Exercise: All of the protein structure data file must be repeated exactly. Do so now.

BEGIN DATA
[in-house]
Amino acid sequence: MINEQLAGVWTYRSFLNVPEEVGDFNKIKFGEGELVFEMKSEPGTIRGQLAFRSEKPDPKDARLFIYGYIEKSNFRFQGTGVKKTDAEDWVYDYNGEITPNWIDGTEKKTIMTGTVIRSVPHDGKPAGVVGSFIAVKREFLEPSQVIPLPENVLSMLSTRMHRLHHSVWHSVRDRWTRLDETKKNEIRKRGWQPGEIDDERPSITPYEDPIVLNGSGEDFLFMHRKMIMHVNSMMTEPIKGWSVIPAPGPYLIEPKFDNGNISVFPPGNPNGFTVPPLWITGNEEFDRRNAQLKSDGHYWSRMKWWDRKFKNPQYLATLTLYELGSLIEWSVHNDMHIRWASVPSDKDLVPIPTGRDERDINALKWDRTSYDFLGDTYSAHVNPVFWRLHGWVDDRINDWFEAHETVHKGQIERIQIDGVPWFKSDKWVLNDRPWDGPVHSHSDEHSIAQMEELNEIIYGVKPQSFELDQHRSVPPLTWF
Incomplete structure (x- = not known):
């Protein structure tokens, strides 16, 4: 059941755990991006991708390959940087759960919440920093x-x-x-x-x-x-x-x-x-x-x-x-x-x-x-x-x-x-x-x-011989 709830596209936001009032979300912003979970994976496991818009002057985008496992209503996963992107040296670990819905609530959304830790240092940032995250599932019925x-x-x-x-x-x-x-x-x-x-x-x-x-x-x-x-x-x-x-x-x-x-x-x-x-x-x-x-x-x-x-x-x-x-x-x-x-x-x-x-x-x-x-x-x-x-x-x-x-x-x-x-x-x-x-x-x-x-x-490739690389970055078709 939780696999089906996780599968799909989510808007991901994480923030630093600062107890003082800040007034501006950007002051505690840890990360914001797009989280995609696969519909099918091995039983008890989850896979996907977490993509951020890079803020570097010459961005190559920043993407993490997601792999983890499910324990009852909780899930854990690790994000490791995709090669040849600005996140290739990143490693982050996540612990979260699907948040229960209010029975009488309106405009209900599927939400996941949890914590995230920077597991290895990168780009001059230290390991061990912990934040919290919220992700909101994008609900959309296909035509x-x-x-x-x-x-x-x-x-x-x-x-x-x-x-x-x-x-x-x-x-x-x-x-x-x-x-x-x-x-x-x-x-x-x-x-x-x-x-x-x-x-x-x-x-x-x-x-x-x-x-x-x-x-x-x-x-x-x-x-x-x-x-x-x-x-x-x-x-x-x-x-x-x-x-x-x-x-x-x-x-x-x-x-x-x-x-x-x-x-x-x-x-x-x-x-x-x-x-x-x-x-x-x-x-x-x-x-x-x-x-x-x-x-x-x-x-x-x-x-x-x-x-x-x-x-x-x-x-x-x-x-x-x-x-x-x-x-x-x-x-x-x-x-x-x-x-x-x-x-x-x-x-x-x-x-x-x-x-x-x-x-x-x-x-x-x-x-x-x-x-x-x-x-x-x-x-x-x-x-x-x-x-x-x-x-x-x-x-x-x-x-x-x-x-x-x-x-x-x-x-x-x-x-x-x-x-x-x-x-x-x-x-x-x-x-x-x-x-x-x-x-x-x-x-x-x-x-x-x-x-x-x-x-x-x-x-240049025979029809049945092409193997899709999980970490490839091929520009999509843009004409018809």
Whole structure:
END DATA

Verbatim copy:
[in-house]
Amino acid sequence: MINEQLAGVWTYRSFLNVPEEVGDFNKIKFGEGELVFEMKSEPGTIRGQLAFRSEKPDPKDARLFIYGYIEKSNFRFQGTGVKKTDAEDWVYDYNGEITPNWIDGTEKKTIMTGTVIRSVPHDGKPAGVVGSFIAVKREFLEPSQVIPLPENVLSMLSTRMHRLHHSVWHSVRDRWTRLDETKKNEIRKRGWQPGEIDDERPSITPYEDPIVLNGSGEDFLFMHRKMIMHVNSMMTEPIKGWSVIPAPGPYLIEPKFDNGNISVFPPGNPNGFTVPPLWITGNEEFDRRNAQLKSDGHYWSRMKWWDRKFKNPQYLATLTLYELGSLIEWSVHNDMHIRWASVPSDKDLVPIPTGRDERDINALKWDRTSYDFLGDTYSAHVNPVFWRLHGWVDDRINDWFEAHETVHKGQIERIQIDGVPWFKSDKWVLNDRPWDGPVHSHSDEHSIAQMEELNEIIYGVKPQSFELDQHRSVPPLTWF
Incomplete structure (x- = not known):
């Protein structure tokens, strides 16, 4: 059941755990991006991708390959940087759960919440920093x-x-x-x-x-x-x-x-x-x-x-x-x-x-x-x-x-x-x-x-011989 709830596209936001009032979300912003979970994976496991818009002057985008496992209503996963992107040296670990819905609530959304830790240092940032995250599932019925x-x-x-x-x-x-x-x-x-x-x-x-x-x-x-x-x-x-x-x-x-x-x-x-x-x-x-x-x-x-x-x-x-x-x-x-x-x-x-x-x-x-x-x-x-x-x-x-x-x-x-x-x-x-x-x-x-x-x-490739690389970055078709 939780696999089906996780599968799909989510808007991901994480923030630093600062107890003082800040007034501006950007002051505690840890990360914001797009989280995609696969519909099918091995039983008890989850896979996907977490993509951020890079803020570097010459961005190559920043993407993490997601792999983890499910324990009852909780899930854990690790994000490791995709090669040849600005996140290739990143490693982050996540612990979260699907948040229960209010029975009488309106405009209900599927939400996941949890914590995230920077597991290895990168780009001059230290390991061990912990934040919290919220992700909101994008609900959309296909035509x-x-x-x-x-x-x-x-x-x-x-x-x-x-x-x-x-x-x-x-x-x-x-x-x-x-x-x-x-x-x-x-x-x-x-x-x-x-x-x-x-x-x-x-x-x-x-x-x-x-x-x-x-x-x-x-x-x-x-x-x-x-x-x-x-x-x-x-x-x-x-x-x-x-x-x-x-x-x-x-x-x-x-x-x-x-x-x-x-x-x-x-x-x-x-x-x-x-x-x-x-x-x-x-x-x-x-x-x-x-x-x-x-x-x-x-x-x-x-x-x-x-x-x-x-x-x-x-x-x-x-x-x-x-x-x-x-x-x-x-x-x-x-x-x-x-x-x-x-x-x-x-x-x-x-x-x-x-x-x-x-x-x-x-x-x-x-x-x-x-x-x-x-x-x-x-x-x-x-x-x-x-x-x-x-x-x-x-x-x-x-x-x-x-x-x-x-x-x-x-x-x-x-x-x-x-x-x-x-x-x-x-x-x-x-x-x-x-x-x-x-x-x-x-x-x-x-x-x-x-x-x-x-x-x-x-x-240049025979029809049945092409193997899709999980970490490839091929520009999509843009004409018809």
Whole structure: